Surface Area of Composite Shapes With Holes
Lesson 27 of 37
Objective: SWBAT find the surface area of composite shapes with holes
I'll start the lesson by showing an image of the composite solid block tree. I don't fully understand how this device is used, but I know that it is used for construction. I'll explain that it may be important for the manufacturers to know the exact surface area of each object. Perhaps the tool is coated with a special liquid and the manufacturers need to know how much liquid is used per square unit. I'll then ask students to think about how they could find the surface area of the device. As a prompt, I may ask them to consider the shapes that make up the tool. I'll ask them to discuss these ideas with their partners for about a minute. Students are trying to make sense of the problem to generate generate a way to solve it (MP1). I will walk around to listen in to the conversations. I'll try to pick up a few off-based comments and some that are more relevant. I'll want to present both so that students have a chance to critique the reasoning of their classmates (MP3). As we discuss answers, I'll try to make sure students bring up the fact that their are 5 large cylindrical holes - we would need to find the lateral surface area of the cylindrical holds. I'll make sure we discuss the rectangular faces as well and discuss in general how to calculate the surface area of the external surfaces. I like this image because it should generate a lot of discussion and help prepare students for the problems to come.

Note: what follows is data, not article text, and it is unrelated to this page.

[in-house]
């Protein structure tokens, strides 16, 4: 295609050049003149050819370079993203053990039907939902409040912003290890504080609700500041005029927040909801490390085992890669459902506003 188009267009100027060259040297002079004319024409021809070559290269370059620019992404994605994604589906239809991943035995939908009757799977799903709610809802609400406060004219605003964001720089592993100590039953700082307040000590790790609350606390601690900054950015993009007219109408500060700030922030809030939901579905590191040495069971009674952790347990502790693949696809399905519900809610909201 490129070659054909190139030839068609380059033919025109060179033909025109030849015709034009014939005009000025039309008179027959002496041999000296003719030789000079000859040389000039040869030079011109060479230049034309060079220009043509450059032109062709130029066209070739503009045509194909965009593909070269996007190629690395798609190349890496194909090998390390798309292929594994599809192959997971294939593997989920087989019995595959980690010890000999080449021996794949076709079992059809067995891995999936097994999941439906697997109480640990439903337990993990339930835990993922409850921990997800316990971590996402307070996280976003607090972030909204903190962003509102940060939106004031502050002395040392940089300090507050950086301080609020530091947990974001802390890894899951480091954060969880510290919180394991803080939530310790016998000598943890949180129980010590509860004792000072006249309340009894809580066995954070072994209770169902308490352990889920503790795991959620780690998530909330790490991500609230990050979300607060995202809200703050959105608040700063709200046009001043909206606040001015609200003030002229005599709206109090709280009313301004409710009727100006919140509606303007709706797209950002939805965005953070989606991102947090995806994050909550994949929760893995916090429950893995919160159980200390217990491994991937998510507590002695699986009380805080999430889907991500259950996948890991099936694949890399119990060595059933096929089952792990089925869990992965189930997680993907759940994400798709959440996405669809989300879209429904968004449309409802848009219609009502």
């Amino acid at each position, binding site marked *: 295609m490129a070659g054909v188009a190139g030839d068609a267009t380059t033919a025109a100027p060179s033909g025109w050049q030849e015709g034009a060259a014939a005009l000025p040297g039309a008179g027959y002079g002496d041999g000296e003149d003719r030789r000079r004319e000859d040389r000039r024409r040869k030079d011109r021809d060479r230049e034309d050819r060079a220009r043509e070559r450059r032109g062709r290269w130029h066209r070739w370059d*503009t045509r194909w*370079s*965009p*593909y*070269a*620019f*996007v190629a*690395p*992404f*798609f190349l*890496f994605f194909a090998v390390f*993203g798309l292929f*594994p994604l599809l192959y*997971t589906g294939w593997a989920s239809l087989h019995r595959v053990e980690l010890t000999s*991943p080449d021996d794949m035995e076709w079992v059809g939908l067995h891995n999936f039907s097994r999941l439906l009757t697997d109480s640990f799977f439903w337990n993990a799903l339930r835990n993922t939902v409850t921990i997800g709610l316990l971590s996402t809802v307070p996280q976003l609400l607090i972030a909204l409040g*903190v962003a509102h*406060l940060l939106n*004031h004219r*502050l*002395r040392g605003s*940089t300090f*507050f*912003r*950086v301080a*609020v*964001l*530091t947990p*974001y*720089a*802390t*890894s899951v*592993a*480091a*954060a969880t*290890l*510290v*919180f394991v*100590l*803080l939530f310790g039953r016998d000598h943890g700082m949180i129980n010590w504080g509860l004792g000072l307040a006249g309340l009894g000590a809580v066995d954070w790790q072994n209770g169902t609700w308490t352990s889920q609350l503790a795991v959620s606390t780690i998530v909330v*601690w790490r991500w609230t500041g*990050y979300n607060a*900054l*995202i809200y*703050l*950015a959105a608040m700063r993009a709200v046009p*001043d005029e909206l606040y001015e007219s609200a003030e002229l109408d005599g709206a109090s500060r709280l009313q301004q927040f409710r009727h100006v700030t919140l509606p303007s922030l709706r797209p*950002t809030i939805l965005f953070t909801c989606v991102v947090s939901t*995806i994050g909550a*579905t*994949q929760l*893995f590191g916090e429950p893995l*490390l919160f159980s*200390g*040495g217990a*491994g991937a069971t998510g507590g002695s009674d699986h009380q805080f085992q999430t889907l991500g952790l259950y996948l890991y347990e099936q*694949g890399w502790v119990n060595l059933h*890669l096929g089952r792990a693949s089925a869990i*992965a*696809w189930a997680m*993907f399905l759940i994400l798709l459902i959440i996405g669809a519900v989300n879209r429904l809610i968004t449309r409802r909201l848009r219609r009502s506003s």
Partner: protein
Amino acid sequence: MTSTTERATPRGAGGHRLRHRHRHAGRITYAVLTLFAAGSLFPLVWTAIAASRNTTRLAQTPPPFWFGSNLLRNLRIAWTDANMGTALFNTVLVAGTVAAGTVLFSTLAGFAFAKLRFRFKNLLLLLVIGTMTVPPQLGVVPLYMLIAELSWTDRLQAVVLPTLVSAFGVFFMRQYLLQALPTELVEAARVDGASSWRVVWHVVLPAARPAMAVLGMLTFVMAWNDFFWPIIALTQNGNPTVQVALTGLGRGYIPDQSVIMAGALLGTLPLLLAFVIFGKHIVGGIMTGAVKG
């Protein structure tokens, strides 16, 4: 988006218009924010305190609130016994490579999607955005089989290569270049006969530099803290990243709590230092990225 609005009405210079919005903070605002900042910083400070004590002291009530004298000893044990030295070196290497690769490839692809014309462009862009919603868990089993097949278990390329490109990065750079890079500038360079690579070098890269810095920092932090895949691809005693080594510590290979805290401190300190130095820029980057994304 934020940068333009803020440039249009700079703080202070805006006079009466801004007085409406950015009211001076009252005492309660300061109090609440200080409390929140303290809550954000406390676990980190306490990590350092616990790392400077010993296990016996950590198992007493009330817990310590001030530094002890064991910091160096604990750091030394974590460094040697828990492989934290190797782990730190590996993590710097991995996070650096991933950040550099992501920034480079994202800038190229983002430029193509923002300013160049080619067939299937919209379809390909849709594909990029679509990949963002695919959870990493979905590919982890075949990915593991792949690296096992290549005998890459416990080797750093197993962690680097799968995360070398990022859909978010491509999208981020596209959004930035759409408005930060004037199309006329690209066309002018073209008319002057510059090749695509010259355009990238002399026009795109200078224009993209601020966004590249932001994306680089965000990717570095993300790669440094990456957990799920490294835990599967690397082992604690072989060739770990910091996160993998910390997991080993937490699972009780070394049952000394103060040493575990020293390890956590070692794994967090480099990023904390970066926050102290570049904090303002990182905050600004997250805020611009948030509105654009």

Now students will find the actual surface area of solids. Note that problem number 3 is meant to be a cylindrical hole. It is kind of difficult to tell based on the drawing. Based on the previous discussion, students should be very well prepared to solve the first 2 problems as they are the same shapes now with dimensions labeled.
The following day is an assessment, so I have included some review problems for students who finish early.
I have provided a scaffolded exit ticket to help me assess any breakdowns of understanding. In fact, the first two questions may be the most telling. If a student can't identify the total surfaces, there is probability a visualization issue.